8 Principles to Maximize Strength Training Results and Training Longevity
Here are some of the benefits of strength training:
Strength is a key component to building muscle, which is the most powerful tool for raising metabolism and keeping you lean FOREVER. This is HUGE for your health!
Strength training is FAR MORE EFFECTIVE for improving body composition compared to "metcons" or "cardio"
Strength training improves joint health, increases bone density, prevents injuries and has been proven to be one of the most prevalent factors in determining long term health
Strength training is an incredible catalyst for confidence and can help empower an independent and active lifestyle
OK. Now that we know strength training is bad ass...
How do we get the most out of our workouts and ensure long term success?
1. Food, Hydration, and Sleep
What you are doing OUTSIDE of the gym is likely the biggest determining factor to your success inside the gym
We could write hours and hours on these BUT keeping it simple…
Eat nutrient dense foods in the right amounts for fuel, function, and recovery
Sleep at least 7 hours per night
Drink enough water and electrolytes for fuel, function, and recovery
2. Know your WHY.
Are you in the gym to look better, feel better, and lead a stronger, happier and more productive life? This is 95+% of us, including me. This should impact the way you approach your training.
Do we want to push ourselves, absolutely, but we do so INTELLIGENTLY in a way that aligns with our goals. Healthy, Happy, and able to return to the gym everyday with a smile!
Do you have the strong desire to compete in CrossFit, powerlifting, or own all the records at the gym? This small group will likely take more chances with their lifting - they understand the risk and have decided the JUICE IS WORTH THE SQUEEZE.
3. Commit to moving with quality and intention
This is the #1 way to injury proof your body.
Quality takes priority over speed, load, and pride.
Practice Technique THEN Consistency THEN Intensity DAILY
Move with awareness, body control, and focus on the details that lead to mastering a movement
This will pay off BIG-TIME. The best athletes who have LONG TERM success are the best movers.
4. Commit to patience, discipline, and the accumulation of small gains.
Long term consistency dominates short term intensity. Strength accumulation takes time and working beyond your means or with sloppy technique will send you backwards.
the strongest athletes in the world are the accumulation of thousands of sessions over the course of many years. Impatience leads to injury!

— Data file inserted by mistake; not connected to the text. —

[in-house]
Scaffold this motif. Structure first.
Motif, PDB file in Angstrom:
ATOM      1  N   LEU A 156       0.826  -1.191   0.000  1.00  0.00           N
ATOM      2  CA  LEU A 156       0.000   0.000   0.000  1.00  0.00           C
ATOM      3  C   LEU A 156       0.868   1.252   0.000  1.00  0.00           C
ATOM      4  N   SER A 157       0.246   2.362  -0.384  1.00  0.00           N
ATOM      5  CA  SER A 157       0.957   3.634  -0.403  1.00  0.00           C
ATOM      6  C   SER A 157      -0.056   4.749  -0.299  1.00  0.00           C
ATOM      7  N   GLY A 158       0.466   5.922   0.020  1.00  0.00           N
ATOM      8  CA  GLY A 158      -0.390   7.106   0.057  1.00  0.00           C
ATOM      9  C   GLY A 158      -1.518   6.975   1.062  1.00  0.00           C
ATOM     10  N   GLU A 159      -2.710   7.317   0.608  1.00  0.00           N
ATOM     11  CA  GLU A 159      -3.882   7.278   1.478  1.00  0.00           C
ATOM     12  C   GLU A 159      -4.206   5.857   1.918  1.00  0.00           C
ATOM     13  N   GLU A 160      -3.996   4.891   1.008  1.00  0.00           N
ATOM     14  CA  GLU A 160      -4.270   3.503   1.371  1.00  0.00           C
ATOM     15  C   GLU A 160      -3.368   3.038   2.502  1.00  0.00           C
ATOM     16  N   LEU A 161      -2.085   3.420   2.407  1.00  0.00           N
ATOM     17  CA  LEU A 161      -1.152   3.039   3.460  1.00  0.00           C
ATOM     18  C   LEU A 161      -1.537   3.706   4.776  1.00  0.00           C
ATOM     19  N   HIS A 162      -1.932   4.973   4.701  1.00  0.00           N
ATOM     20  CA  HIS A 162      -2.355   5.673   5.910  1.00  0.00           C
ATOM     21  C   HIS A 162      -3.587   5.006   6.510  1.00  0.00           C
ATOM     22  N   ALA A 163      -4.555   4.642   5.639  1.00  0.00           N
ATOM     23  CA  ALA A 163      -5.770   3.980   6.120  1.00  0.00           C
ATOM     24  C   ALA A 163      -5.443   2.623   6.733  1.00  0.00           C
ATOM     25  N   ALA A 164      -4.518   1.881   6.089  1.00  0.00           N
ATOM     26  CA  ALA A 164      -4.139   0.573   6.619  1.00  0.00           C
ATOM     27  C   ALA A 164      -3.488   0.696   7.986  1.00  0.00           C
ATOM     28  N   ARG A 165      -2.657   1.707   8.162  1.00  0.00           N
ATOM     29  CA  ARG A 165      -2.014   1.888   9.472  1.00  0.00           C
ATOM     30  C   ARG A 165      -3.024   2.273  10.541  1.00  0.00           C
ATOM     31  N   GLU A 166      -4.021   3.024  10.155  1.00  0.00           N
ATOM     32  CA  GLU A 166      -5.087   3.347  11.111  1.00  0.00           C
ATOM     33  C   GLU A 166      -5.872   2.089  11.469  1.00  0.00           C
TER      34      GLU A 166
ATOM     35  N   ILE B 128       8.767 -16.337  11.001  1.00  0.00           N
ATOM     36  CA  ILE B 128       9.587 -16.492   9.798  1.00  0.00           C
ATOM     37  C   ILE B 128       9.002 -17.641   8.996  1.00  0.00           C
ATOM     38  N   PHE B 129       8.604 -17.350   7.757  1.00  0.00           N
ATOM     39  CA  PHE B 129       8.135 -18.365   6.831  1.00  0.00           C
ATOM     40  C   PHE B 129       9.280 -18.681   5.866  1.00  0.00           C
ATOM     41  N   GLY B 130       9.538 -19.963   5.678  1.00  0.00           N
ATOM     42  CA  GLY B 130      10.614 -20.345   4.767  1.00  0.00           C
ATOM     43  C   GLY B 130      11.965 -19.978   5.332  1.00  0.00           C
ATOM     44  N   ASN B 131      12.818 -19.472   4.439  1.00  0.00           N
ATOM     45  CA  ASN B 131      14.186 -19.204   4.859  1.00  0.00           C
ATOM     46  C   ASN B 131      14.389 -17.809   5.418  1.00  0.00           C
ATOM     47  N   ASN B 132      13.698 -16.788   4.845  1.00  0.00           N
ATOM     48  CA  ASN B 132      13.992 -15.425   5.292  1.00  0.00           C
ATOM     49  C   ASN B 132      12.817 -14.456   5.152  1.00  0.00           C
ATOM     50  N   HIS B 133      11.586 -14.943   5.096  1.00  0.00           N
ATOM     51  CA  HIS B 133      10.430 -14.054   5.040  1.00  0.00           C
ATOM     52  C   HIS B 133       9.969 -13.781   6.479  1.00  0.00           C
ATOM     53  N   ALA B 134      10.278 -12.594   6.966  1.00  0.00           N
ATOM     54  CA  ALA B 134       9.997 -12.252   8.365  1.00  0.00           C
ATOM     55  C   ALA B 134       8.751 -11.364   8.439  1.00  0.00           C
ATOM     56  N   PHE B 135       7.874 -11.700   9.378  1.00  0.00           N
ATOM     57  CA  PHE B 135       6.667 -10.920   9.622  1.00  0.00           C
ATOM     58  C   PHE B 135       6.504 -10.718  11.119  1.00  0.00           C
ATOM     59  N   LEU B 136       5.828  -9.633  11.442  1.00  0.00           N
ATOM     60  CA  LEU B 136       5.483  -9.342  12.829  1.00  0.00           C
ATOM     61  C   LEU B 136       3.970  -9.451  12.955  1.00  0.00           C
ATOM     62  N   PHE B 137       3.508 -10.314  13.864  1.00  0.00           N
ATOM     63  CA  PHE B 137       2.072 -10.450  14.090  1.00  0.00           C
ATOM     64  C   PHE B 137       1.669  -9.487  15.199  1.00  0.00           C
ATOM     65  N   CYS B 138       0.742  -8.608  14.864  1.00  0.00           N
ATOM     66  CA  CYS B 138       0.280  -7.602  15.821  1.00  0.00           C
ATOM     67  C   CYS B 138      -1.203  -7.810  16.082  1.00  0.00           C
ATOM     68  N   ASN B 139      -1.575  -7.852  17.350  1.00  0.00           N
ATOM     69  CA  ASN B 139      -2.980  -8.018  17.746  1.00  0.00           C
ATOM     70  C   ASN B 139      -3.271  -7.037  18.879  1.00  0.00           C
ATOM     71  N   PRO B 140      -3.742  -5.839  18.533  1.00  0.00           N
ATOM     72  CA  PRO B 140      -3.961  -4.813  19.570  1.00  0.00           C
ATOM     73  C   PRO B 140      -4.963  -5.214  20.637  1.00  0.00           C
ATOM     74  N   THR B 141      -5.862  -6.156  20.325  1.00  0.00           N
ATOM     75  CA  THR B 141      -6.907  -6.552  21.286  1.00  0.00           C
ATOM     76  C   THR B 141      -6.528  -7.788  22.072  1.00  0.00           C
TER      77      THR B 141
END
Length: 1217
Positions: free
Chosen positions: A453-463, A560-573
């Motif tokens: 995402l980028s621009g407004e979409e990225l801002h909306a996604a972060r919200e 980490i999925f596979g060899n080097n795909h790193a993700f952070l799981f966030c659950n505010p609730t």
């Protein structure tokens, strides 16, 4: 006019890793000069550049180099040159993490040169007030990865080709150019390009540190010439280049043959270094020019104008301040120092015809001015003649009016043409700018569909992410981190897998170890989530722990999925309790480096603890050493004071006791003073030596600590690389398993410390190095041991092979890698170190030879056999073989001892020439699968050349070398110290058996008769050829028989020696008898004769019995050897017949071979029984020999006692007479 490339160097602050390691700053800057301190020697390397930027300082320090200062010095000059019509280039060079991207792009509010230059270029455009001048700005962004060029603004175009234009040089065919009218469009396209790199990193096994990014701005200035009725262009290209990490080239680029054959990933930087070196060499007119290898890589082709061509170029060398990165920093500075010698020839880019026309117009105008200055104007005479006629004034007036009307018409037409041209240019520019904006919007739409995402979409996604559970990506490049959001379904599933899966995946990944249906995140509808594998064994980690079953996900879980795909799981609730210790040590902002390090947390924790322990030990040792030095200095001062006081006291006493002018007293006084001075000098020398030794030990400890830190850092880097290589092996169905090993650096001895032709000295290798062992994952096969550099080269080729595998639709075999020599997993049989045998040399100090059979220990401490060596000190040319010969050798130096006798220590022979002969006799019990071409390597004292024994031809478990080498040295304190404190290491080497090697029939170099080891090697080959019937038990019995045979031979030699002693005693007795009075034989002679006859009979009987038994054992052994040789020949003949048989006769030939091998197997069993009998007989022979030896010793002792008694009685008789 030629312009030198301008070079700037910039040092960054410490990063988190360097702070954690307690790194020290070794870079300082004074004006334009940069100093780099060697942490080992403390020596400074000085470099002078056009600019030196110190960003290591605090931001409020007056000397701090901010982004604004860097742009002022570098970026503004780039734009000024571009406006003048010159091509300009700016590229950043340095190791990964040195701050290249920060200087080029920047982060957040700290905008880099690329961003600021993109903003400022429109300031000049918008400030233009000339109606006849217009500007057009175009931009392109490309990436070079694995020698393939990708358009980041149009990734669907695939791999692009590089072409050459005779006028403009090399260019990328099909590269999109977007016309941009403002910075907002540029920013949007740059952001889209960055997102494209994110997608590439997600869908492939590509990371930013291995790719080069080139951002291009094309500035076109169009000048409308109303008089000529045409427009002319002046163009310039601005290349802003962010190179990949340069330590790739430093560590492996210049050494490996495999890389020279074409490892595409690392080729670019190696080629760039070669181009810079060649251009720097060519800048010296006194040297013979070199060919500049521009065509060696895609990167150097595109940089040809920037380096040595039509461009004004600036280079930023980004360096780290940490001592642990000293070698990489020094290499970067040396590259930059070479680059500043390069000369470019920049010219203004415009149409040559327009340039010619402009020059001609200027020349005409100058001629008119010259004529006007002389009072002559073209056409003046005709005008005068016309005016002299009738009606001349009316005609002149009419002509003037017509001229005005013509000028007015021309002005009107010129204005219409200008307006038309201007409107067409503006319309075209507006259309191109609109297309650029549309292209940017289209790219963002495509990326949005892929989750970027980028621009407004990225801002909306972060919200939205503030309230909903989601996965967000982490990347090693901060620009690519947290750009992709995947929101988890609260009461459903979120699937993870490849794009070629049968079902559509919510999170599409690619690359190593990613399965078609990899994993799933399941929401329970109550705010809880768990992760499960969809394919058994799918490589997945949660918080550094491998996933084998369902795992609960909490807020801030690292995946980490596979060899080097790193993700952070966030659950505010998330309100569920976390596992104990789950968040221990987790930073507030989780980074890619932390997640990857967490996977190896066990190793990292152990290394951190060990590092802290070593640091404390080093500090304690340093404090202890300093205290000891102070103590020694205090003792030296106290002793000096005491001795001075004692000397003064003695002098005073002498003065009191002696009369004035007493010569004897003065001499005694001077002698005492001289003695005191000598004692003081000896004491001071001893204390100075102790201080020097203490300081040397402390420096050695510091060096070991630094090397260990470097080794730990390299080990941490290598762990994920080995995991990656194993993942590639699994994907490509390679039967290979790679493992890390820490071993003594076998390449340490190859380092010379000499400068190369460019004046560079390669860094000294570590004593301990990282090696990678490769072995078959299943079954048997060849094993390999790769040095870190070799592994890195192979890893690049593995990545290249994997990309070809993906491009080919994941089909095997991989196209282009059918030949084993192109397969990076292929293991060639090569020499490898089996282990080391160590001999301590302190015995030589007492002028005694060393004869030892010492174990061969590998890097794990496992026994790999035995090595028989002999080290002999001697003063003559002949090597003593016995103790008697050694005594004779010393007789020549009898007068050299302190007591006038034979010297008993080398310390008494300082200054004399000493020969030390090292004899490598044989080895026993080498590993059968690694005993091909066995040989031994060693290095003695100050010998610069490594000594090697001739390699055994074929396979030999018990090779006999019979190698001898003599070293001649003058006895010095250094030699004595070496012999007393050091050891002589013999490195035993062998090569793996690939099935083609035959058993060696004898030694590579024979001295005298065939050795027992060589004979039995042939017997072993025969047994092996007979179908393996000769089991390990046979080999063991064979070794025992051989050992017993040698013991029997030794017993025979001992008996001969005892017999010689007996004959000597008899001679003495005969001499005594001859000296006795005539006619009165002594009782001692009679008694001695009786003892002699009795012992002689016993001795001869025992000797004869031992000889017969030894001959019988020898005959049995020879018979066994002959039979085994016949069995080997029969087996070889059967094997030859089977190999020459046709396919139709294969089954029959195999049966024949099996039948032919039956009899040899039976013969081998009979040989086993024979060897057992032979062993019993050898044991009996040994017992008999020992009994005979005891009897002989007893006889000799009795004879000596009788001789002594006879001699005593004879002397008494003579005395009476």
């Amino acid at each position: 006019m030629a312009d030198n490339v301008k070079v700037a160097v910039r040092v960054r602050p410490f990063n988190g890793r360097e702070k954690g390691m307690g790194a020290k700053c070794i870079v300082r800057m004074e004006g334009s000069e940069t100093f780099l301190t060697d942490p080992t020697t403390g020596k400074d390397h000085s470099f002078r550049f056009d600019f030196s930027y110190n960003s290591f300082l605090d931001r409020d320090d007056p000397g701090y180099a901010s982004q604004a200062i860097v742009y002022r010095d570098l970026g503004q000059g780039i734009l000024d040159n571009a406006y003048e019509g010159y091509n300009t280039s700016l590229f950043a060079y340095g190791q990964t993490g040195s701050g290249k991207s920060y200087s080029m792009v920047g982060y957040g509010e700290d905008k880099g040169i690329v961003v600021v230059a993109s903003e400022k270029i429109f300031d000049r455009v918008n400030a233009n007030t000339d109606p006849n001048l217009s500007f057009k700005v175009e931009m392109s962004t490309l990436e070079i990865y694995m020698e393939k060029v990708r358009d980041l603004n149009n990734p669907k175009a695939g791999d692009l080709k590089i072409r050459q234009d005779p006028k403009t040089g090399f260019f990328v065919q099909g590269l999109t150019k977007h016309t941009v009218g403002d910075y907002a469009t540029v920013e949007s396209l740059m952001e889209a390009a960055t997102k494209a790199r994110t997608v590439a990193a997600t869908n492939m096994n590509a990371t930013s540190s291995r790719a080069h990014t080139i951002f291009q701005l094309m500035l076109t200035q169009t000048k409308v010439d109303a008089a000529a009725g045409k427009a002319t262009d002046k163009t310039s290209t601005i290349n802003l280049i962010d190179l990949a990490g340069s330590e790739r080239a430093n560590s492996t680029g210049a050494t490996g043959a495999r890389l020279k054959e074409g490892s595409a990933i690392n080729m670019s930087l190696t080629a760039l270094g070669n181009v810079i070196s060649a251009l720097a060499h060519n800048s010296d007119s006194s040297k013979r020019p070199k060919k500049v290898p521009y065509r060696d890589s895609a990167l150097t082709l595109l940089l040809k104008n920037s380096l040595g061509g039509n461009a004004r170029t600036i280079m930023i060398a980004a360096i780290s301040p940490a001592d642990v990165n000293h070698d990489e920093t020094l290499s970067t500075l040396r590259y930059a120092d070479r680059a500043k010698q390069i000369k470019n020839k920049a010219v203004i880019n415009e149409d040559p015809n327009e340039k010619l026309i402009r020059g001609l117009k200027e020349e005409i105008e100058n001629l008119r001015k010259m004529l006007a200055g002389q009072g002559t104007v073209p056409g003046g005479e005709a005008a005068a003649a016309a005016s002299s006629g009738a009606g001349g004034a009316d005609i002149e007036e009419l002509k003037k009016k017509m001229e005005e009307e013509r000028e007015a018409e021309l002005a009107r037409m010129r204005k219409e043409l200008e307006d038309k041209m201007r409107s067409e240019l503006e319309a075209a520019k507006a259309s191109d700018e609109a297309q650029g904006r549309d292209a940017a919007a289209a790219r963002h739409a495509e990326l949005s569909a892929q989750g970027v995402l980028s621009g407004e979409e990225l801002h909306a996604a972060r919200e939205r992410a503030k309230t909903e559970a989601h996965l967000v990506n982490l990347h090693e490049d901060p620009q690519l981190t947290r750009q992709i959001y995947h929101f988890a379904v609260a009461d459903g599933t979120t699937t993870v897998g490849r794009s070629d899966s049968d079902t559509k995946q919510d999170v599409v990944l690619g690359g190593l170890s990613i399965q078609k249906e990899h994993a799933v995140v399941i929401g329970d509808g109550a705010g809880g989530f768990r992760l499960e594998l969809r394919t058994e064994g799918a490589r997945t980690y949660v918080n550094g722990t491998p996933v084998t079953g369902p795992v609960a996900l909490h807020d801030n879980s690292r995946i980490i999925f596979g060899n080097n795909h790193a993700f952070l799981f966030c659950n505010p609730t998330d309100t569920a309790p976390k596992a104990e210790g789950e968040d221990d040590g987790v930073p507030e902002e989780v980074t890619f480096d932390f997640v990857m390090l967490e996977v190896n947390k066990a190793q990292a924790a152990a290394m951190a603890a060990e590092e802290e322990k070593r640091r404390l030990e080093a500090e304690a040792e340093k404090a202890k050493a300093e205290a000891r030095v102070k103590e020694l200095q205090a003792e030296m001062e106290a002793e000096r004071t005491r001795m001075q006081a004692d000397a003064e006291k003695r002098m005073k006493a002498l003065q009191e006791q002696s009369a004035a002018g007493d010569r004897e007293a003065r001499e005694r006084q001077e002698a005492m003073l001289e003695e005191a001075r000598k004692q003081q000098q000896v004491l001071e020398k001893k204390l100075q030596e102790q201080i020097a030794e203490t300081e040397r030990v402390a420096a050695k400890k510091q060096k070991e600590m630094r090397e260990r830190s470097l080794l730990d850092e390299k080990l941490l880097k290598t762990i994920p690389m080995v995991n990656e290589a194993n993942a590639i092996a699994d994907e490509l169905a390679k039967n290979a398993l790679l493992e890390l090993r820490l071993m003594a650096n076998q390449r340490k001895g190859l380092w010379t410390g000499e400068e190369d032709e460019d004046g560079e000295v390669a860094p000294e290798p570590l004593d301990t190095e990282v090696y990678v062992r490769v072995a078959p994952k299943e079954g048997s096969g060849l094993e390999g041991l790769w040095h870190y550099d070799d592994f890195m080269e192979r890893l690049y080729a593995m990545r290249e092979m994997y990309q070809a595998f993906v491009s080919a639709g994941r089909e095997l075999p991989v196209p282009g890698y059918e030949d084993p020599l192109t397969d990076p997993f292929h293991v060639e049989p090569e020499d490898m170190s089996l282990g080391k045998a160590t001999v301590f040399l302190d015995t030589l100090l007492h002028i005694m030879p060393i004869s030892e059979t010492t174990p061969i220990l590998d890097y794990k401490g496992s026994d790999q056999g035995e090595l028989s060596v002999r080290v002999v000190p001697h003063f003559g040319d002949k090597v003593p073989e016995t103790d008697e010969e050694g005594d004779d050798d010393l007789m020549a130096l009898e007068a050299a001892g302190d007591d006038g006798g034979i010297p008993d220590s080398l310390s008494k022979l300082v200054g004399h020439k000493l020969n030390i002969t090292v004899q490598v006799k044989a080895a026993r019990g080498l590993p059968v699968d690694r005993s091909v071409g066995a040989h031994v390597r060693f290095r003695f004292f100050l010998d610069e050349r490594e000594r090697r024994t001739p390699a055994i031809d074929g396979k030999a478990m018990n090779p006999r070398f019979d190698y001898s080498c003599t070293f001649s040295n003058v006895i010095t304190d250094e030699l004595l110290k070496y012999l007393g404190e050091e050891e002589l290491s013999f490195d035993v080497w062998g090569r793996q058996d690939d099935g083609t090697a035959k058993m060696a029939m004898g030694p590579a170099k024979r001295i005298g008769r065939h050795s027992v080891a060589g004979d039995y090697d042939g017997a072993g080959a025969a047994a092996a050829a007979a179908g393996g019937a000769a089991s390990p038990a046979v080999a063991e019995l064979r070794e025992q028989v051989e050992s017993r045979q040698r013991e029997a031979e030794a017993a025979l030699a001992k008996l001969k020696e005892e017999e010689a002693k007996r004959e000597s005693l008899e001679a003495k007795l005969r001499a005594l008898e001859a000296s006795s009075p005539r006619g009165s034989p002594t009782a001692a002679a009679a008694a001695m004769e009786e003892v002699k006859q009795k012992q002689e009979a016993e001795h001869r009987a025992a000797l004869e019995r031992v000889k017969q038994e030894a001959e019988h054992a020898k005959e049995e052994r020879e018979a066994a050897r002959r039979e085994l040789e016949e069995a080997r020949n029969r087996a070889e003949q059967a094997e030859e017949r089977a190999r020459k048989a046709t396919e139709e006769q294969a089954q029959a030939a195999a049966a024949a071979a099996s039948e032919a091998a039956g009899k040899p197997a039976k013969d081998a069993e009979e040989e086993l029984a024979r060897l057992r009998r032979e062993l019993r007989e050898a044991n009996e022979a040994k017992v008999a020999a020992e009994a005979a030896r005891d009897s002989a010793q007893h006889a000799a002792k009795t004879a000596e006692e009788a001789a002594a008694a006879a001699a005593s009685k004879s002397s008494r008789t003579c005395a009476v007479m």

adaptation and the physiological process of getting stronger takes TIME
5. You do you.
There are times to push yourself and to try and “keep up” with those around you. A linear strength TRAINING progression is not one of those times.
Do not try and use a friend’s percentages in an effort to better yourself or out of pride. Use the loads and approach that is appropriate for you!
this is NOT a lack of competitiveness. It's choosing long term success over short term pride.
6. Listen to your body and live to lift another day.
Some days you just don't have it. Strength is a fickle son of a bitch, especially the longer you have been training. It ebbs and flows along with your sleep, nutrition, stress level, and many other factors.
You will have days when you feel weaker than usual and this is normal. Don't force it. Listen to your body and lower your weight for that session.
This is not a lack of effort or will power. It's honoring physiological cues and will help you return stronger the next day.
You will ALSO have days where you feel much stronger than normal! Ride that wave! Push yourself a bit more these days.
7. Don't get so emotional!
In the past I have referred to this as "training on the nerve." This refers to getting emotionally charged up, psyched, amped, etc.
This is extremely expensive for your nervous system and your body and nearly impossible to recover from if you train in this manner every day.
The goal is to complete the majority of your training "off the nerve" meaning you are completing your sets without having to blast loud music, stomp the floor, and think about your ex-girlfriend.
OCCASIONALLY, this is good and a wonderful part of lifting, but it is not sustainable mentally and physically on a daily basis.
8. Don't rely on supportive gear.
using belts, wrist wraps, knee sleeves, etc are OK at certain times BUT if you absolutely NEED them to move the weight or they are masking pain from a load that is too heavy. We have a problem.
a general rule for strength training would be that these supportive pieces are only used when you have 90+% on the bar.
this doesn't mean ditch your gear, but don't use it as a crutch for poor movement, muscle imbalances, or to boost your ego!